Dublin Dance Festival: there's a movement going on
Highlights include ‘Giselle’, Robyn Orlin, ‘Ion’ and, of course, dancing AI
Junk Ensemble’s Dolores
Akram Khan’s Giselle
Patricia Guerrero in Catedral. Photograph: Juan Conca
Akram Khan’s Giselle
Akram Khan’s Giselle with the English National Ballet and the RTÉ Concert Orchestra at the Bord Gáis Energy Theatre provided an unusually lavish opening to this year’s Dublin Dance Festival. After that production closes on Sunday night, the festival’s more modestly scaled programme will kick off. The first highlight is undoubtedly choreographer Robyn Orlin’s solo for Albert Khoza. “Don’t miss it!” festival director Benjamin Perchet said to me last week. As if.
Orlin is a hugely political artist, fearless in the face of authority and dismissive of comfortable conformity. A white South African, she has created works for Paris Opera Ballet as well as in Johannesburg townships, through the years targeting apartheid, Aids and South Africa’s broken democracy.
Her titles are loathed by word count-deprived critics, but she claims they are a way for audiences to enter her world. Khoza’s solo is called And so you see . . . our honourable blue sky and ever-enduring sun . . . can only be consumed slice by slice . . . (but her most memorable title is Daddy, I’ve seen this piece six times before and I still don’t know why they’re hurting each other . . .). Some have railed against her directness – subtle she ain’t – a trait she blames on her nationality.
Christos Papadopoulos’s Elvedon was a surprise hit of last year’s festival, a slowly evolving study in fluid collective motion, inspired by Virginia Woolf’s novel The Waves. The Greek choreographer returns this year with the company that he co-founded – Leon & the Wolf – in Ion, another exploration of movement dynamics between bodies. Ions are unbalanced atoms that react to their immediate environment, and the piece explores unconscious group movement and the minuscule shifts and adjustments that affect the overall pattern.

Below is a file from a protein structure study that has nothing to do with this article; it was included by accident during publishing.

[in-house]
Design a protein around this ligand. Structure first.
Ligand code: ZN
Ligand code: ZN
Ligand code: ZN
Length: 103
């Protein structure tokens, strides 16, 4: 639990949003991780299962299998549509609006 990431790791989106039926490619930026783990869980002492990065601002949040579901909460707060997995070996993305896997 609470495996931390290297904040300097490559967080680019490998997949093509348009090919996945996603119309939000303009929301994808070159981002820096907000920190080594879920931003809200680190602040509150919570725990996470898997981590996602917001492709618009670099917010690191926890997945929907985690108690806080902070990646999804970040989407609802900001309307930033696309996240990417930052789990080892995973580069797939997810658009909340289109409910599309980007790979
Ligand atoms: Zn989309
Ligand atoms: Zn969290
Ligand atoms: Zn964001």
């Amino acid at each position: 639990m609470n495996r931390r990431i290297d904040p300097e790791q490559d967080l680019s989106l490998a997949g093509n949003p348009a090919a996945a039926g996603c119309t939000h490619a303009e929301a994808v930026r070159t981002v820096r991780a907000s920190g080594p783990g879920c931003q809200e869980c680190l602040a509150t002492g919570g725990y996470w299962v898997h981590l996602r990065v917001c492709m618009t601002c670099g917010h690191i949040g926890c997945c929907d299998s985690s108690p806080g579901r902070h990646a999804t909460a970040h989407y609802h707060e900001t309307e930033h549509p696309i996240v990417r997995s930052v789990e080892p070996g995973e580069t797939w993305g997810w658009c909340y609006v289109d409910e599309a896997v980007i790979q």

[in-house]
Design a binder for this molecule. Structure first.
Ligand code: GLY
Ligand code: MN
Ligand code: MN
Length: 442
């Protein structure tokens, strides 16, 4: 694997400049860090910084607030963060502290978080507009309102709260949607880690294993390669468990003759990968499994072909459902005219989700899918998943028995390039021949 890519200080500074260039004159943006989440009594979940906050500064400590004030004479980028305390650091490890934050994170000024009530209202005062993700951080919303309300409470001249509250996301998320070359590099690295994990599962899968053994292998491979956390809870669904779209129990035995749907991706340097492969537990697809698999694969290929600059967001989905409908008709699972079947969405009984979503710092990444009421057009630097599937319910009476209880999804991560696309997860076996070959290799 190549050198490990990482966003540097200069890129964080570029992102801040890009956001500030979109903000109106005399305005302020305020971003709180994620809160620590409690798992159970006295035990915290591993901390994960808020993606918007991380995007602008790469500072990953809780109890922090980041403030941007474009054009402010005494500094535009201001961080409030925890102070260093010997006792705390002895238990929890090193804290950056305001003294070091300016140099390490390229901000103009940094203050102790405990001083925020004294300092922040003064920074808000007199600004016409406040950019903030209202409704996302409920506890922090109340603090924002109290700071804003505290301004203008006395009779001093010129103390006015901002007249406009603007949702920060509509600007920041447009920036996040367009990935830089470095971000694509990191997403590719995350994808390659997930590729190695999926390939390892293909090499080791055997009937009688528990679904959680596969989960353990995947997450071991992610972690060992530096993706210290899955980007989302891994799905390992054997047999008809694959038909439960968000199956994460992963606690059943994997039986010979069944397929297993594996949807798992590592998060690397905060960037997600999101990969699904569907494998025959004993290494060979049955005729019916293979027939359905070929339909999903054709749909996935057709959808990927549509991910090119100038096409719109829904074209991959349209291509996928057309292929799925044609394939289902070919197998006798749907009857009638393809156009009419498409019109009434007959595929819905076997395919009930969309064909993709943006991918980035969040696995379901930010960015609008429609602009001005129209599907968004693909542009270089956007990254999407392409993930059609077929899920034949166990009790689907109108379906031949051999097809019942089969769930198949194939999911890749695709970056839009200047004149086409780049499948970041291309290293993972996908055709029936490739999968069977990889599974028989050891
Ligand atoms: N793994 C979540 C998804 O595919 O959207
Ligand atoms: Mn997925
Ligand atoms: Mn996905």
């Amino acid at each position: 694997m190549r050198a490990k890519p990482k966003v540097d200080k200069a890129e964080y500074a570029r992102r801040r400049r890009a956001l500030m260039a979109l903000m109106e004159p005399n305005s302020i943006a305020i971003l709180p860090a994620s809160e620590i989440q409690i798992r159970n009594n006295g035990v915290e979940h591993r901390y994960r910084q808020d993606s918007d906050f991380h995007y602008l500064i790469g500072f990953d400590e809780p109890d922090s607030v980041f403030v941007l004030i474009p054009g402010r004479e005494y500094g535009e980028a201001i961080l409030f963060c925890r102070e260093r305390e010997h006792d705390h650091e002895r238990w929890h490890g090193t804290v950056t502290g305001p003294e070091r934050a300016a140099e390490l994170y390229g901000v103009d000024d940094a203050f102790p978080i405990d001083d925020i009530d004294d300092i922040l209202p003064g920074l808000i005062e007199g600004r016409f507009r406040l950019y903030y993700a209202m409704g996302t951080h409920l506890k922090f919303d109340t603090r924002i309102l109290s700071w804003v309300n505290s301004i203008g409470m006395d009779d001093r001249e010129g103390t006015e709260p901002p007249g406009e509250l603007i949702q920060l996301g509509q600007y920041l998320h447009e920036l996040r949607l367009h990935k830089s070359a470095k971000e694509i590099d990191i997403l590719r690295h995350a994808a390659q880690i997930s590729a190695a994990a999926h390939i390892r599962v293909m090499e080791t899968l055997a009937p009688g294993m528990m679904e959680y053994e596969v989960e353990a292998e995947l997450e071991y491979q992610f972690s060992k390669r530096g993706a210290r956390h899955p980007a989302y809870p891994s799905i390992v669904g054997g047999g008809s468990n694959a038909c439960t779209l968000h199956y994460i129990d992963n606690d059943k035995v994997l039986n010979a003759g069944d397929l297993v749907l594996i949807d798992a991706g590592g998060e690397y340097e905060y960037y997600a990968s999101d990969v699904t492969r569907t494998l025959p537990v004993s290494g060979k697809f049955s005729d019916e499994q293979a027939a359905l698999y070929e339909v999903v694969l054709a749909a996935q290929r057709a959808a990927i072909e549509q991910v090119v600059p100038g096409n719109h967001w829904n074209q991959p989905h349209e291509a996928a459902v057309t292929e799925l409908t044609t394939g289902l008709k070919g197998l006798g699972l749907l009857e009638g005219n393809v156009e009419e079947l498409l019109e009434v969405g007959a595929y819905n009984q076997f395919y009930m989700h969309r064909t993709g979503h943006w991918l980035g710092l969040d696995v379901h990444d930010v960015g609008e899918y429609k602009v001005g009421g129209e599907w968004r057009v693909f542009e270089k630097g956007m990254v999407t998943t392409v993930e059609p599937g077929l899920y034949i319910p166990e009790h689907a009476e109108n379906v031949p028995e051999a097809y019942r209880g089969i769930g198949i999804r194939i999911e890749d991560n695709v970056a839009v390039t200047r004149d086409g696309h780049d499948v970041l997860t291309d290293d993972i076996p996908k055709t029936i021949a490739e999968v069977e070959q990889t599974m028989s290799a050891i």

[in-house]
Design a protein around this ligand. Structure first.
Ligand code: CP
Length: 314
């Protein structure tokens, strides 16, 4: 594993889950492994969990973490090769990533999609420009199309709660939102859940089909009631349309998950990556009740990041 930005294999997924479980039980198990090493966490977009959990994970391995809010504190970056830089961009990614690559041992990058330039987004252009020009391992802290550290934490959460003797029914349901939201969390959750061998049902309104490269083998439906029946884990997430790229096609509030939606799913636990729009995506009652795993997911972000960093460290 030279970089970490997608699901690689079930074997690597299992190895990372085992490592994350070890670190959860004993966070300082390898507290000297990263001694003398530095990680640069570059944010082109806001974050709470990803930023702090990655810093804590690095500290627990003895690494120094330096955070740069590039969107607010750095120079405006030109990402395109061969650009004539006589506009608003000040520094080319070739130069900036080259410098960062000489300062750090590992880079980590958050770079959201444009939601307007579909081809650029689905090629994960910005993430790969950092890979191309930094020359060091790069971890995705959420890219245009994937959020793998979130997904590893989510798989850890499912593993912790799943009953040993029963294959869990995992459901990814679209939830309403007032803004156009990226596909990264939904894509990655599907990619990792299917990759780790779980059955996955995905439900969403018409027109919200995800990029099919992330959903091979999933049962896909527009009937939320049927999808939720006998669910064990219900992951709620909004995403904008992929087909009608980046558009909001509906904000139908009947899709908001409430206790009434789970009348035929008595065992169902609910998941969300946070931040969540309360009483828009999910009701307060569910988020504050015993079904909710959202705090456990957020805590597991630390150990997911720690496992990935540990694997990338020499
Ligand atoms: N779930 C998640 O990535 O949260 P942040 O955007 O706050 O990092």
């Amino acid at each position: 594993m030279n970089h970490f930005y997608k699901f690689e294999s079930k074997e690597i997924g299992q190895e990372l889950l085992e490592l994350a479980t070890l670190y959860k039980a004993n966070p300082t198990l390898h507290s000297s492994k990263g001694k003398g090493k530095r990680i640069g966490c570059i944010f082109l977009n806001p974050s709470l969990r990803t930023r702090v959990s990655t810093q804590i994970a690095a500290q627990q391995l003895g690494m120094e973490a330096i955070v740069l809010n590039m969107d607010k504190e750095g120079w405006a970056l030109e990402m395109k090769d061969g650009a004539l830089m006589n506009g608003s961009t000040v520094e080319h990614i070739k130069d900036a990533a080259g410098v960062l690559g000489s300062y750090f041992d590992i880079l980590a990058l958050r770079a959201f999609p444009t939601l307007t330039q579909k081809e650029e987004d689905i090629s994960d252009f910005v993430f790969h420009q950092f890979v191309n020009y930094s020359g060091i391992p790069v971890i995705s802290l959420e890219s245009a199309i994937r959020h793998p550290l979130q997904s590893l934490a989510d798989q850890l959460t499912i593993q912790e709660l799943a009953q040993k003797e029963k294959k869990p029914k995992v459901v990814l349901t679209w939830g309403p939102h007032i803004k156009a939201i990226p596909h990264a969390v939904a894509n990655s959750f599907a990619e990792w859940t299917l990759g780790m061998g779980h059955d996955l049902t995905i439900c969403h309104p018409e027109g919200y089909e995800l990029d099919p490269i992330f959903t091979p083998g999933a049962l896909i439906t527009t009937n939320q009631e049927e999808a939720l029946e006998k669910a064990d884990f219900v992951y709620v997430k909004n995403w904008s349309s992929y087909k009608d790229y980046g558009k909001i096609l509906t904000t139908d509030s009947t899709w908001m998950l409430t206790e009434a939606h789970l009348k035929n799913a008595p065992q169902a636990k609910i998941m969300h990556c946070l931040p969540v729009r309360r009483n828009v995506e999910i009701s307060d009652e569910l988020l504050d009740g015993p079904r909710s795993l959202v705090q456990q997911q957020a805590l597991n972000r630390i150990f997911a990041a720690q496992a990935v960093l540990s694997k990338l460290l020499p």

In contrast, Lea Moro takes still life painting as a starting point for (b)reaching stillness, a study in non-religious forms of resurrection set to, and often in opposition to, Mahler’s Resurrection Symphony.
Those who see Patricia Guerrero’s Catedral can bank their bragging rights and in the future claim they saw her perform when she was only 27. A rising star in the constantly evolving flamenco tradition, her Catedral depicts a woman coming face-to-face with religious and social realities. There’ll be more boasting after Yvonne Rainer’s visit at Imma. She was a seminal figure in New York’s 1960s post-modern dance movement, and this is rare opportunity to see three of her classic works and hear her pre-performance talks.
Irish artists include Oona Doherty (Hard To Be Soft – A Belfast Prayer), Liz Roche (Wrongheaded) and Junk Ensemble (Dolores) as well as the ever-popular First Look programme, where audiences get a sneak peek at new work. This year it features Ruairí Donovan, Jessie Keenan and the Tipperary-based Iseli-Chiodi Dance Company.
A screening of Akram Khan’s film Can We Live With Robots? will investigate how we can live with robots and engage with artificial intelligence. If that idea appeals to you, then head to see Dancing Artificial Intelligence at the Science Gallery. It is, according to the programme, “more than a robot” and is learning how to dance through interacting with people. Another film, Bobbi Jo Hart’s Rebels on Pointe, tells the story of the all-male Les Ballets Trockadero de Monte Carlo and will whet appetites for their visit to Dublin next October.
As ever, there are rich pickings off the main programme, with family events including Emma O’Kane’s A Life of Play, a performance project for children and grandparents, and Phillipe Saire’s Hocus Pocus at the Ark. The ever-popular Top 8 Street Dance Battle celebrates street culture in Meeting House Square, while in Ballymun, Philippa Donnellan and dancer Lee Clayden will create BODY OF WORK/ What’s the story? with members of the local community.
Last year, following #WakingTheFeminists, attention turned to gender bias in festivals, and in DDF’s programme male choreographers outnumbered female (although historically there has been a healthy 50:50 split). This year Perchet draws attention to the fact that the main programme features seven female choreographers and four males.
Dublin Dance Festival runs until May 20. More at dublindancefestival.ie